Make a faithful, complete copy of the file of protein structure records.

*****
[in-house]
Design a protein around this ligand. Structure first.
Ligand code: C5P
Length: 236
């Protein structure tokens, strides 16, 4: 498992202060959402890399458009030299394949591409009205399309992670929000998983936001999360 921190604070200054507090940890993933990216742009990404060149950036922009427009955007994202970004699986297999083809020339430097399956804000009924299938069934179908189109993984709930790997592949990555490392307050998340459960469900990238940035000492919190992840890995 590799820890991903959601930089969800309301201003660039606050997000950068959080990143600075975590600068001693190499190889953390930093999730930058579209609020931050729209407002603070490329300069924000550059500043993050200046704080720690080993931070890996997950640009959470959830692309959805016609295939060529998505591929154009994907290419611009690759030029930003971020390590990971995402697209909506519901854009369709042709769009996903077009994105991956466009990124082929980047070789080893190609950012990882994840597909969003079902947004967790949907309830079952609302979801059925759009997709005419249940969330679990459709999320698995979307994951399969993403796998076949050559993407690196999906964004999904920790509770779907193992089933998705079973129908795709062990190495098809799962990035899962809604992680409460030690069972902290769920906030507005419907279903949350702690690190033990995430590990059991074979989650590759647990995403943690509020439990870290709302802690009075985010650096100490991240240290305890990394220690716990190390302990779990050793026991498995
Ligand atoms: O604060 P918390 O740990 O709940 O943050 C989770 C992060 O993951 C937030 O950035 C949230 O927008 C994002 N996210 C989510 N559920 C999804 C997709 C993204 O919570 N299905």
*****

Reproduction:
[in-house]
Design a protein around this ligand. Structure first.
Ligand code: C5P
Length: 236
């Protein structure tokens, strides 16, 4: 498992202060959402890399458009030299394949591409009205399309992670929000998983936001999360 921190604070200054507090940890993933990216742009990404060149950036922009427009955007994202970004699986297999083809020339430097399956804000009924299938069934179908189109993984709930790997592949990555490392307050998340459960469900990238940035000492919190992840890995 590799820890991903959601930089969800309301201003660039606050997000950068959080990143600075975590600068001693190499190889953390930093999730930058579209609020931050729209407002603070490329300069924000550059500043993050200046704080720690080993931070890996997950640009959470959830692309959805016609295939060529998505591929154009994907290419611009690759030029930003971020390590990971995402697209909506519901854009369709042709769009996903077009994105991956466009990124082929980047070789080893190609950012990882994840597909969003079902947004967790949907309830079952609302979801059925759009997709005419249940969330679990459709999320698995979307994951399969993403796998076949050559993407690196999906964004999904920790509770779907193992089933998705079973129908795709062990190495098809799962990035899962809604992680409460030690069972902290769920906030507005419907279903949350702690690190033990995430590990059991074979989650590759647990995403943690509020439990870290709302802690009075985010650096100490991240240290305890990394220690716990190390302990779990050793026991498995
Ligand atoms: O604060 P918390 O740990 O709940 O943050 C989770 C992060 O993951 C937030 O950035 C949230 O927008 C994002 N996210 C989510 N559920 C999804 C997709 C993204 O919570 N299905």